I recently did something that was a little out of my comfort zone…I joined the Alma Center Community Fire Department.
I’ll admit it, I did not grow up aspiring to run into a burning building or drive a huge fire truck. In fact those were some of the many reasons why I didn’t join sooner. On top of that, I don’t know if I will ever be good at it.
I don’t know much about house fires or vehicle fires or really any kind of fire. The one thing I do know is that fire is hot and sometimes can be extinguished with a fire extinguisher. Anything bigger than that I would need to call 911 right now.
I didn’t have a great teacher on the fire subject either. My dad was probably better at setting fires than putting them out while I was growing up as referenced by the pole shed and grass fires we had from time to time.
After careful contemplation I decided to just go for it and join. I eventually came to the conclusion that even though I may not be good at running into burning buildings, I might still be able to help the fire department with other things like fundraising.
A few days after getting my pager, my heart skipped a beat when my pager went off for the first time on a call.
I quickly got nervous as I was thrusted into my first traffic accident call. I got out the door as fast as I could and got to the fire station just in time before being left behind.
Suddenly we were driving away to a rollover and my mind was racing because I didn’t know anything about what I needed to do.
The first thing I was asked to do was put out some cones. I quickly realized that putting out cones was harder than one would think. First I couldn’t find the cones, which were right on the outside of the truck, and then I couldn’t manage to put them in a straight line.
I’m sure everyone driving by was wondering who in the world put these things out.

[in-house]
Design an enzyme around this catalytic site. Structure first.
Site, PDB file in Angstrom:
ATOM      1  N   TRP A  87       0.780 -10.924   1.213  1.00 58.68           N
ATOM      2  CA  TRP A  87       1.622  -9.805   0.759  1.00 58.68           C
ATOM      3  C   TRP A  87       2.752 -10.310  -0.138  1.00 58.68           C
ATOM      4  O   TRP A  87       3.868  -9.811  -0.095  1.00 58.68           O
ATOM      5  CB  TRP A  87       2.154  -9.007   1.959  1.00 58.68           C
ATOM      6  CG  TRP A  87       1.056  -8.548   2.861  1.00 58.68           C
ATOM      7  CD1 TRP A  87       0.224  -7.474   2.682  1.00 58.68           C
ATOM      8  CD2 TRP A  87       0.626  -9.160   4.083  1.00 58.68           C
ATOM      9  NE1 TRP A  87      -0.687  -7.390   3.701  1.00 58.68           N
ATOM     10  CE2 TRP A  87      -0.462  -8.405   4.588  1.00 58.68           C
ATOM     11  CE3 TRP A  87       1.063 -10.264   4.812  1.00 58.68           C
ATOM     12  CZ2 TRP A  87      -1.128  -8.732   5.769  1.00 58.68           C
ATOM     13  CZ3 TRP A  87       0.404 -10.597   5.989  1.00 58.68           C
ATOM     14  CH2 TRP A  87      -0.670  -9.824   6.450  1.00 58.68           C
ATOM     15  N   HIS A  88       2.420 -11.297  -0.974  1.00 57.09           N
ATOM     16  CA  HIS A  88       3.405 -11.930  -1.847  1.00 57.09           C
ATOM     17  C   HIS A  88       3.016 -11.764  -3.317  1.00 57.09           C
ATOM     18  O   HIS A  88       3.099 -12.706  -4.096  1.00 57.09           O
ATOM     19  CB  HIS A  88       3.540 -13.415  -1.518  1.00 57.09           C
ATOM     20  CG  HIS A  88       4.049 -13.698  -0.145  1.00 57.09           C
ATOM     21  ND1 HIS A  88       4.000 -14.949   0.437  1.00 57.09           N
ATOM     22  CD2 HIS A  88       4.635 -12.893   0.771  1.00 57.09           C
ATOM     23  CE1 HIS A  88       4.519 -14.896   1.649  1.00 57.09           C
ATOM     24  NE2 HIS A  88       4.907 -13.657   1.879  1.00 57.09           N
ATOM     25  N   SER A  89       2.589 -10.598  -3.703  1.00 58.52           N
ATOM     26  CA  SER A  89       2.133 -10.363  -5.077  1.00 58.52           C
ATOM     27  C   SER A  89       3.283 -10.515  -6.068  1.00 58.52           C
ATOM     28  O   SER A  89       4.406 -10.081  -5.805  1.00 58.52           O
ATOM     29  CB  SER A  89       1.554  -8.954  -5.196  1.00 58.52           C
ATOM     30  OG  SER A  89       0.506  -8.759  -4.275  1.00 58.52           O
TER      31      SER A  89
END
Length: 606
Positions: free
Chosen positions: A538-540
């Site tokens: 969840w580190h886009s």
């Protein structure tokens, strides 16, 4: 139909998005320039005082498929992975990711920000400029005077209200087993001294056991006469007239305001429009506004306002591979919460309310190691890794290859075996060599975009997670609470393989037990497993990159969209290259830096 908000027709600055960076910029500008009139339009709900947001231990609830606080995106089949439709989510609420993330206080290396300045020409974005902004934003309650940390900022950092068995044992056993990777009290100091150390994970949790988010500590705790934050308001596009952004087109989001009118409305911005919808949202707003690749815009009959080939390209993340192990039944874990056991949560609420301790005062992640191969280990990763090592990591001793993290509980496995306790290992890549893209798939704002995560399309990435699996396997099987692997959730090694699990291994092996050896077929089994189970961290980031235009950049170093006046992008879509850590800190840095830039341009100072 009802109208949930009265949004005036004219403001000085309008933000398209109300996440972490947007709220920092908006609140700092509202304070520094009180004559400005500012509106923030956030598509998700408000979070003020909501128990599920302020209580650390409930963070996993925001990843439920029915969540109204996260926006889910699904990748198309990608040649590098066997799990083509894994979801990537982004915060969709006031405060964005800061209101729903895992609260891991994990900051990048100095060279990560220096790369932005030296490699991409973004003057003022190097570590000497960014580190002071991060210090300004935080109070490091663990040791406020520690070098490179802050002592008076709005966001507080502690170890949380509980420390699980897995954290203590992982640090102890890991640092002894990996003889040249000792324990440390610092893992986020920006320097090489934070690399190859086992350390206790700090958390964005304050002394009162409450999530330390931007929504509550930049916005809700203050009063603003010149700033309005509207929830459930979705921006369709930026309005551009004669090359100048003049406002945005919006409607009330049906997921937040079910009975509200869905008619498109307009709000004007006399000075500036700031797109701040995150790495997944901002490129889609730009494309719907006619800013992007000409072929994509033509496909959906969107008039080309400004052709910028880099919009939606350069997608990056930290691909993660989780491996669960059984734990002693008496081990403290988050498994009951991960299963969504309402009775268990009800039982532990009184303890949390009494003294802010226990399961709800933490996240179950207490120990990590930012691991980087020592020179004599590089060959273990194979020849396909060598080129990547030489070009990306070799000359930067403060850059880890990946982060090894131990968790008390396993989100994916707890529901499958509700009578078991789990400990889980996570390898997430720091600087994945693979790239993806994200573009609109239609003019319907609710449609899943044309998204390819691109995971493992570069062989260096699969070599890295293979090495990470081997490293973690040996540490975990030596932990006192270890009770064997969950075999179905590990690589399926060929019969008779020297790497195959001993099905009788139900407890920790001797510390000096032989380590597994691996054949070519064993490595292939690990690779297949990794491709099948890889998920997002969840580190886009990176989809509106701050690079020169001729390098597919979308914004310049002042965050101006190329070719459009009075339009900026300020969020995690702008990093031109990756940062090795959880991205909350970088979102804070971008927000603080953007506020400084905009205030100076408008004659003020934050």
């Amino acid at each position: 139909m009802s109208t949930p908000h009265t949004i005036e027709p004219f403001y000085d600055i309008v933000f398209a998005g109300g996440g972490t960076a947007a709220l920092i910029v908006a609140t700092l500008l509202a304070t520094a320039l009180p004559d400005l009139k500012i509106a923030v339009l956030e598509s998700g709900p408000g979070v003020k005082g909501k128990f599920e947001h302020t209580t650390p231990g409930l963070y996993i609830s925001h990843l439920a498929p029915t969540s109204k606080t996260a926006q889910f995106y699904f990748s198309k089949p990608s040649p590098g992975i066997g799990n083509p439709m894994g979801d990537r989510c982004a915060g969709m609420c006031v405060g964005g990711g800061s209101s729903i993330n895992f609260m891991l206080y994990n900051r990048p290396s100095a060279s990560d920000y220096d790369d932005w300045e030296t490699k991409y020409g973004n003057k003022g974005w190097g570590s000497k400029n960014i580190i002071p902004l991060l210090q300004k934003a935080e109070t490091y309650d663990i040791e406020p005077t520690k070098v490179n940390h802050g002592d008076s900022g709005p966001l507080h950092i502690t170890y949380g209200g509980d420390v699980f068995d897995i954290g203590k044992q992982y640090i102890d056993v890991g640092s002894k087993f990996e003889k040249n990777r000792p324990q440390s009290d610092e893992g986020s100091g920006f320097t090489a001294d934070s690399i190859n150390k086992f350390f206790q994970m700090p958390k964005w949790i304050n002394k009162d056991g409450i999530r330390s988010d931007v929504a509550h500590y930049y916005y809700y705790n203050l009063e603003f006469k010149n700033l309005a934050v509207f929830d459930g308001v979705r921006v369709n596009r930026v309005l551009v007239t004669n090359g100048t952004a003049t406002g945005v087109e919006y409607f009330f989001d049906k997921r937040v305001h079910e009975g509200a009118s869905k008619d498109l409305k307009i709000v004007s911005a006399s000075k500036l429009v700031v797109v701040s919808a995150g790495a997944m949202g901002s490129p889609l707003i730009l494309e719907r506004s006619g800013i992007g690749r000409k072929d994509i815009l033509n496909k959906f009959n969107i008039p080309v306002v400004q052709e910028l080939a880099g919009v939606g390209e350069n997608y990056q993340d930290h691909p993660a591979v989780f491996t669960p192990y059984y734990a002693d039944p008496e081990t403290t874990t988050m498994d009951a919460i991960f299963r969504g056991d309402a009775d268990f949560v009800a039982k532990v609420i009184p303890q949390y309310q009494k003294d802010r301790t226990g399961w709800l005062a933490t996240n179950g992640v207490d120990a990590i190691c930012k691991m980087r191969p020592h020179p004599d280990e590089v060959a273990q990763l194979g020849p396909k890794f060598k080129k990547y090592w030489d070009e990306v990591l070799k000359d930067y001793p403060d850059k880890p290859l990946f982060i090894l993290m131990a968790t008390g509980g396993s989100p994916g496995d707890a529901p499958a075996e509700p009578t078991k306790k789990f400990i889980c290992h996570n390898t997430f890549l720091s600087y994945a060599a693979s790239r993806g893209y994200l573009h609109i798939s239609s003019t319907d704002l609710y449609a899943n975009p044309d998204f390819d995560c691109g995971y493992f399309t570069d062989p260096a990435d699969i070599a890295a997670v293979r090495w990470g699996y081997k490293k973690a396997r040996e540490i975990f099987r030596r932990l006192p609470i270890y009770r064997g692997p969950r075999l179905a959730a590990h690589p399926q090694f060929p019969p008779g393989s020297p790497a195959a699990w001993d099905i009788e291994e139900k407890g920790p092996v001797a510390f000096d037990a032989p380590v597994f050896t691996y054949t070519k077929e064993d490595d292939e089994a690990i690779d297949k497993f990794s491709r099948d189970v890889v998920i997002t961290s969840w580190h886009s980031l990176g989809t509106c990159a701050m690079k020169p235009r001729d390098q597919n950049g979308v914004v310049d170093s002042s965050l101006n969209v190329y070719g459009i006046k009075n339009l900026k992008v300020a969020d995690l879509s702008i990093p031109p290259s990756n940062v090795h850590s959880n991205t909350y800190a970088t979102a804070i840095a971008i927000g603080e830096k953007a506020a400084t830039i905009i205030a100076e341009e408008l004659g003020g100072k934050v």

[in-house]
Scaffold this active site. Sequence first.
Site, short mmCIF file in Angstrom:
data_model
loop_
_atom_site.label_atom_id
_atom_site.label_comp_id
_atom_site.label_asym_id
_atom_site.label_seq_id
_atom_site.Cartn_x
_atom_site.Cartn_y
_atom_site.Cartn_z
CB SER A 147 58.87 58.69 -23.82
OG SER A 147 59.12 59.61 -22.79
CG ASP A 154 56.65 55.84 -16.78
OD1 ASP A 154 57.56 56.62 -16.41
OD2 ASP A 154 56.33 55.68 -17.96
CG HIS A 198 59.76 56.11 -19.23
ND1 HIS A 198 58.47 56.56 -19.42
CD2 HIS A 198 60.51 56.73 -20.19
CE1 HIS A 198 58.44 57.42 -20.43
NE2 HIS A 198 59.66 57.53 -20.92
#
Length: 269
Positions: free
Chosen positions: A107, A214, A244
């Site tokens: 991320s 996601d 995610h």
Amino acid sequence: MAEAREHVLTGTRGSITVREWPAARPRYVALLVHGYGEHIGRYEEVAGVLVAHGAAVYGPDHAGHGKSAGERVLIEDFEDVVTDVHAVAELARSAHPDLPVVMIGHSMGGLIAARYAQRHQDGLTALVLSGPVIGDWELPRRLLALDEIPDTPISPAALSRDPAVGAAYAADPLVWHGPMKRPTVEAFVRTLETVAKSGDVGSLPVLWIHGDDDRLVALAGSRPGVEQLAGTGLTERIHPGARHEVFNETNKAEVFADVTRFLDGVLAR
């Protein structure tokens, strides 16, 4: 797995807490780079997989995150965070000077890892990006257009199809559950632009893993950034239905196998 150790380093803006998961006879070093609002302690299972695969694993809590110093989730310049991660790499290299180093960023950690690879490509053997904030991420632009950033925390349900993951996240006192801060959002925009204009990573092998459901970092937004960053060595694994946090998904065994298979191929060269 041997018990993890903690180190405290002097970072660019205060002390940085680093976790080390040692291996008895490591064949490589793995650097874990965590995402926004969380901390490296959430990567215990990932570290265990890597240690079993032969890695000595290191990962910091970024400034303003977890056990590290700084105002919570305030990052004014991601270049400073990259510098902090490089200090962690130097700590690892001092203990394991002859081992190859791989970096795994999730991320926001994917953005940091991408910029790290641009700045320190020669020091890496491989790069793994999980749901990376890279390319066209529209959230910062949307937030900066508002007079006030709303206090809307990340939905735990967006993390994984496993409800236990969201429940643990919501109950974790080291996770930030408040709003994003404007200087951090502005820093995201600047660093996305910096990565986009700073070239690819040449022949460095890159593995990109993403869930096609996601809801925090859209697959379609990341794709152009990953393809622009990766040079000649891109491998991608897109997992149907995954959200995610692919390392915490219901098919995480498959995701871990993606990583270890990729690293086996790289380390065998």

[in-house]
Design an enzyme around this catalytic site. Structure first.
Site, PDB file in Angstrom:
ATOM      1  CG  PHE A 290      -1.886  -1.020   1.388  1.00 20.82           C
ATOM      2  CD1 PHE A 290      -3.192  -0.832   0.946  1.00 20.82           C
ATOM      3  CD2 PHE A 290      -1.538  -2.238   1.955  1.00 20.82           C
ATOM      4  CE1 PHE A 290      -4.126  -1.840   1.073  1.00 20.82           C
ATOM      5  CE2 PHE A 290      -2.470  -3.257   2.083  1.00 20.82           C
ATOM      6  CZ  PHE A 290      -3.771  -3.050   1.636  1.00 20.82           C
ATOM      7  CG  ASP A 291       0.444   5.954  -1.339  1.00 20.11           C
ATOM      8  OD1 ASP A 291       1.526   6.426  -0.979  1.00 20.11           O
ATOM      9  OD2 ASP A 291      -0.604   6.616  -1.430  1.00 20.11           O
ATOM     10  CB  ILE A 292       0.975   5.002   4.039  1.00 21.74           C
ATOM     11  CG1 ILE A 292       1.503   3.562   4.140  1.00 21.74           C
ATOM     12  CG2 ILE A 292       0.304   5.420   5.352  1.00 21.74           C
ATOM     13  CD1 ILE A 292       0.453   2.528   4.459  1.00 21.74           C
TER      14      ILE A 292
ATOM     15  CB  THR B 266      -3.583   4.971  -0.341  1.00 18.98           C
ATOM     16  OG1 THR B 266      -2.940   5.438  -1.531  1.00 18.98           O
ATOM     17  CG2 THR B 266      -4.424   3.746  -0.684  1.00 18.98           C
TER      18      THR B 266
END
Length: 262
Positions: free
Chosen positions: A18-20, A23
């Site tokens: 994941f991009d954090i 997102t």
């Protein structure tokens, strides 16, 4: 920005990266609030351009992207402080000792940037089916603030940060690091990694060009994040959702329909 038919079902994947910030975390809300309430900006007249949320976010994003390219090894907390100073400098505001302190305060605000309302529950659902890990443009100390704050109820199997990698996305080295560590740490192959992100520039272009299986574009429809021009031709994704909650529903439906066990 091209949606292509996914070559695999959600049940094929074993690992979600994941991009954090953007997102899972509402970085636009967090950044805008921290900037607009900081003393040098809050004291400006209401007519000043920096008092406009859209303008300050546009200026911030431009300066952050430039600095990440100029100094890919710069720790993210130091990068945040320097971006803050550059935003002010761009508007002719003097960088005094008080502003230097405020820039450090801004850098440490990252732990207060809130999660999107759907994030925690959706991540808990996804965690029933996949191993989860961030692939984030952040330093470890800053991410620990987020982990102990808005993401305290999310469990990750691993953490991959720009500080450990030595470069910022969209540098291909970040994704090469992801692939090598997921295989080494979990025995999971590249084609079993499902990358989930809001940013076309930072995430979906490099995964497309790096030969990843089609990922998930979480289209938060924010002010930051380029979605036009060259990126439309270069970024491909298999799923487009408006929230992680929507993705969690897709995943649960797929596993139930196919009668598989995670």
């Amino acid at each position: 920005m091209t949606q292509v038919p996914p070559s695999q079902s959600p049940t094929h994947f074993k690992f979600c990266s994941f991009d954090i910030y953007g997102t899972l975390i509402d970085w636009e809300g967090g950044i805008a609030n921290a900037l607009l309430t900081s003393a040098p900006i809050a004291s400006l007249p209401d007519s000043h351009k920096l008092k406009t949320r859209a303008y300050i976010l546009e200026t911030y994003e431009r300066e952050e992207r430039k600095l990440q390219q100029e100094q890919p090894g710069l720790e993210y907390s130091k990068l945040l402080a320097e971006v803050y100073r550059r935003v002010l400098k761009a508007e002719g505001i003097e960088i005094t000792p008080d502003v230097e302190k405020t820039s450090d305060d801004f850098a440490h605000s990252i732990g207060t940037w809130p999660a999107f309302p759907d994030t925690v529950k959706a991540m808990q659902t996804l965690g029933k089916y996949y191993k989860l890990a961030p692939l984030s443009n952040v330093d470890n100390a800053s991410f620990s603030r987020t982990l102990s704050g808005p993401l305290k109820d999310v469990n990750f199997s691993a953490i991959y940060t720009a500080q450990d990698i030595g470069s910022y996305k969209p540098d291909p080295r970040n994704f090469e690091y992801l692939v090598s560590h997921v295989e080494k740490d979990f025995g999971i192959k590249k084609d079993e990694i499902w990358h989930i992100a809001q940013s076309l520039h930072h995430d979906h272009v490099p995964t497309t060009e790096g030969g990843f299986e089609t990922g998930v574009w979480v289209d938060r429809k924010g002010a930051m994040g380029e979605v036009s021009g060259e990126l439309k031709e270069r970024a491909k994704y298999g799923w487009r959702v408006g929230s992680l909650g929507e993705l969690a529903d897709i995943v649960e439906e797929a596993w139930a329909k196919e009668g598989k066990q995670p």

Suddenly an investigator came and asked me to turn out the headlights on the truck so people driving could see. Acting as if I knew what was going on, I went over to the truck looking for the switch to turn the lights off.
I searched and searched and couldn’t find the button. In my defense, there were at least 30 buttons on the dashboard for certain things like lights and sirens and god knows what else. Needless to say I had to slumber back to the others and ask for help.
Then I was asked if I knew how to turn on the generator, which I quietly answered no to because I didn’t even know where it was on the truck. So one of the other firefighters showed me how to start it, which I then realized the generator turned on lights on the truck so we could see on the scene.
Then the tanker came with some more firefighters. Since we had another truck there, that meant we had more cones. So I again failed miserably at putting up cones going the other direction.
After that I watched as EMS put the driver in the ambulance and helped take pictures of the accident.
Soon enough it was time to load up and head back home, which is when I began to realize how warm I was. After all I was in full-out fire department gear, so it was pretty warm underneath those coats.
Everything was a blur on this call, and I really didn’t know anything. Even so I was glad to be there, helping someone in need.
After the fire call was complete, I had a great feeling in my chest. Like I maybe helped someone, even though I really didn’t do much.
Now I’m glad I joined the fire department, and am excited about my next call and the opportunity to help someone else. Maybe I will get to do something else besides setting out cones.